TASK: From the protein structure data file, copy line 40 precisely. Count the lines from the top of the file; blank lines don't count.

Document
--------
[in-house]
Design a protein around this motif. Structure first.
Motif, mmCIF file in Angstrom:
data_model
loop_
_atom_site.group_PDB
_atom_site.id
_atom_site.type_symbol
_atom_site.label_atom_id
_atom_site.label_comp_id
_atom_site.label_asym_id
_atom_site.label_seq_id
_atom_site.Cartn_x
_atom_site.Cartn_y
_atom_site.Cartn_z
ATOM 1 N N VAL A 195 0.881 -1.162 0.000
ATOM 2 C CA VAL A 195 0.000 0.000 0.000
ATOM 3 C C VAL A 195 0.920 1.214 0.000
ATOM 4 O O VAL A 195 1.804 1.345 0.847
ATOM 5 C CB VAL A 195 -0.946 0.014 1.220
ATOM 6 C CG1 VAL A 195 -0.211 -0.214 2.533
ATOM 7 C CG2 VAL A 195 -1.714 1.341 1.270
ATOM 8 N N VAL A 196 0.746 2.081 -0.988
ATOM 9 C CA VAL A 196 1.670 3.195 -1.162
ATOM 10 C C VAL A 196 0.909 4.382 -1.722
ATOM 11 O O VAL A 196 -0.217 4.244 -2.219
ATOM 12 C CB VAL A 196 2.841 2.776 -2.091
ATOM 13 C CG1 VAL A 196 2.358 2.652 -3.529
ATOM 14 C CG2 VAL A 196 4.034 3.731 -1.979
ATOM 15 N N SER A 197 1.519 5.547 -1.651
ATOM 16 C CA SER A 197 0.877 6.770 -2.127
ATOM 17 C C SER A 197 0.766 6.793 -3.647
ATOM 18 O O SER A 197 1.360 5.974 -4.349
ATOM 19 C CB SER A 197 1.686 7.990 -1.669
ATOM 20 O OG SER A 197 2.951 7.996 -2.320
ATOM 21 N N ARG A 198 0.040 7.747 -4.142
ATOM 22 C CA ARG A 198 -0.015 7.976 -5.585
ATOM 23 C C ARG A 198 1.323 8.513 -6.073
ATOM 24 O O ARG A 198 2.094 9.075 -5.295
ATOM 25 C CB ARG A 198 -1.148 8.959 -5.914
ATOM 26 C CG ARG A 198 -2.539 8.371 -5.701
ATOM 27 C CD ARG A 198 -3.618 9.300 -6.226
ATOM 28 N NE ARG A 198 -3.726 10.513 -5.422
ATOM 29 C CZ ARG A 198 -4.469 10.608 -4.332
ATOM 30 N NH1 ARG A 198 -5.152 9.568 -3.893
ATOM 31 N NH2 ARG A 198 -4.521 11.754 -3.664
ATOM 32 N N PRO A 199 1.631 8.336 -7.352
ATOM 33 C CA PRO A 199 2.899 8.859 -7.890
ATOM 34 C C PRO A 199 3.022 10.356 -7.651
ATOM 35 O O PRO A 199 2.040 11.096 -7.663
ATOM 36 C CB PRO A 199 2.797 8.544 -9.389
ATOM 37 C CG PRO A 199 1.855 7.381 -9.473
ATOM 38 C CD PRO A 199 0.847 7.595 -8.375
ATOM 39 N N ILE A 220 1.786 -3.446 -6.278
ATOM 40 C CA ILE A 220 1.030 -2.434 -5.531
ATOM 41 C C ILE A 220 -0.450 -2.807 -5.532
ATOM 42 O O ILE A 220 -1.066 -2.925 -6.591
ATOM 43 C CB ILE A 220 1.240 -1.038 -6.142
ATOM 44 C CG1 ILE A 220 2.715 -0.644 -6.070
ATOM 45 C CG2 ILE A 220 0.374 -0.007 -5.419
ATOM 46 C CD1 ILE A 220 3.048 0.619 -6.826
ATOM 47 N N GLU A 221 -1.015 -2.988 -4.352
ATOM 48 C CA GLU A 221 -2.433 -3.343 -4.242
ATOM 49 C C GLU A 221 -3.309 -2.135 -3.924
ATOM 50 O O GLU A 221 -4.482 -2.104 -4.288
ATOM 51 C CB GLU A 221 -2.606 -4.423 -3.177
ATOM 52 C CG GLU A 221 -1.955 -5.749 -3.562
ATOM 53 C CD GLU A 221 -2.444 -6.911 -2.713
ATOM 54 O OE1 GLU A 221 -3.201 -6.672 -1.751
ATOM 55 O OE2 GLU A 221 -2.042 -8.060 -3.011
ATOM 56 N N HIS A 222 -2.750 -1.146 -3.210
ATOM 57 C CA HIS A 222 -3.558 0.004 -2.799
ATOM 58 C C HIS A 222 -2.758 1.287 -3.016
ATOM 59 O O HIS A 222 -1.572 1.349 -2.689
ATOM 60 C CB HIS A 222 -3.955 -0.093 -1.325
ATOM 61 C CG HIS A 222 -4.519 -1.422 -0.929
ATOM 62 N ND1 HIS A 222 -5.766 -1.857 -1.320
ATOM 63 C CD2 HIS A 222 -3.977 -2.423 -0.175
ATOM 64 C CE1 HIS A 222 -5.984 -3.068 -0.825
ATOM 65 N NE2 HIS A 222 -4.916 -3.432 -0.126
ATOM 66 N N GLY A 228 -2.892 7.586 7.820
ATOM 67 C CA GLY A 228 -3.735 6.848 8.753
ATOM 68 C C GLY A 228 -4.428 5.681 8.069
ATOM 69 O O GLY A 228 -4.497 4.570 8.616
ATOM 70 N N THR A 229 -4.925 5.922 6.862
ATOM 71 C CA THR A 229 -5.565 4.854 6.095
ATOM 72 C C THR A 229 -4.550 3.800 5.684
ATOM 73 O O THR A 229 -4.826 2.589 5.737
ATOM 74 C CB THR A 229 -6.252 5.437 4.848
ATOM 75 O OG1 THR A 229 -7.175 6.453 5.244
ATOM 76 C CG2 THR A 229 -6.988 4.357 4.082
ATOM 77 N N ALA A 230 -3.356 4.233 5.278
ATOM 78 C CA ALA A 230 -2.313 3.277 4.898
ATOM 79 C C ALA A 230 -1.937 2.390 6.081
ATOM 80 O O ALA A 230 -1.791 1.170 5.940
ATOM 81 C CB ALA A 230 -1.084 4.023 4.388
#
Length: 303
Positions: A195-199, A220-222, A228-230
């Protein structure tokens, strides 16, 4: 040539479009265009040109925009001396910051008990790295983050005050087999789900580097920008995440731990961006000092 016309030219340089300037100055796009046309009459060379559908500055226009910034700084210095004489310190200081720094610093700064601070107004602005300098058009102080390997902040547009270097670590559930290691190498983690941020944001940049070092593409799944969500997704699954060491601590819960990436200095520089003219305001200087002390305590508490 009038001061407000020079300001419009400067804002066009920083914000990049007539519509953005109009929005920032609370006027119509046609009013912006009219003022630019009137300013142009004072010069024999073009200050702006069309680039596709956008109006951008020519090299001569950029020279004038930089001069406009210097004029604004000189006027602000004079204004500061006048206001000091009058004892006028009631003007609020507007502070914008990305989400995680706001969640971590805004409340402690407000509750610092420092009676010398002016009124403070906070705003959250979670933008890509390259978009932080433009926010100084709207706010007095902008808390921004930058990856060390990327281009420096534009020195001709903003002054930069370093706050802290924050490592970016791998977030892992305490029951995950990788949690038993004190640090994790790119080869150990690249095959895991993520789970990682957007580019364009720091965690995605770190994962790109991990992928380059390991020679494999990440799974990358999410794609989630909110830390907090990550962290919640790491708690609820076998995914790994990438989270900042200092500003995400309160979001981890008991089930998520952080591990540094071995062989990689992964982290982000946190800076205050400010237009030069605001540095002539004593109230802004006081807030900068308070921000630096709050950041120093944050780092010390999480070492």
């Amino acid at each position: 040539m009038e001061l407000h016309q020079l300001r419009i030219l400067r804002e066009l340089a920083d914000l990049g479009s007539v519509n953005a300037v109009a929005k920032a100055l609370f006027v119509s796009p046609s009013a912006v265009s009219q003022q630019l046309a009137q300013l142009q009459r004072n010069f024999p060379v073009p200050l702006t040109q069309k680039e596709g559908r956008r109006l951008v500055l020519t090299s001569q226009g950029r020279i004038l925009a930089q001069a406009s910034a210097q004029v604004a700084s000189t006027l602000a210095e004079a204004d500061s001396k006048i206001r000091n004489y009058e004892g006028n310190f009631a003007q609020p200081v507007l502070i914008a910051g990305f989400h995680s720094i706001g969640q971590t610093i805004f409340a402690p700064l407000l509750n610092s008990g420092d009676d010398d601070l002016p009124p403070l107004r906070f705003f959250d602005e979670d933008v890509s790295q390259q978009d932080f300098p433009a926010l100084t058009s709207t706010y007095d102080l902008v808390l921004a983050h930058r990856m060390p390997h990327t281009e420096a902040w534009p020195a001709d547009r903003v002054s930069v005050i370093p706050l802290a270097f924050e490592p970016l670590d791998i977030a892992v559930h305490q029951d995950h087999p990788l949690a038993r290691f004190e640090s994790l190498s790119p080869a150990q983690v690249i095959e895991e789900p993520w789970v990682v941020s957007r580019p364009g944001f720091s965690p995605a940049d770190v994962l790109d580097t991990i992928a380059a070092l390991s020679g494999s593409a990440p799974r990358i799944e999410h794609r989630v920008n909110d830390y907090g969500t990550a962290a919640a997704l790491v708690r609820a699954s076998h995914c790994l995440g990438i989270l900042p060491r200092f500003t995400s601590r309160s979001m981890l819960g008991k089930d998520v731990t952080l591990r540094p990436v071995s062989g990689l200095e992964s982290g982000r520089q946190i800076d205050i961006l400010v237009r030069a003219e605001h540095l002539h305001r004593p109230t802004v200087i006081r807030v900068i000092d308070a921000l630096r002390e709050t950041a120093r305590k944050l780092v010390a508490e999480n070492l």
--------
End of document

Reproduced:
ATOM 25 C CB ARG A 198 -1.148 8.959 -5.914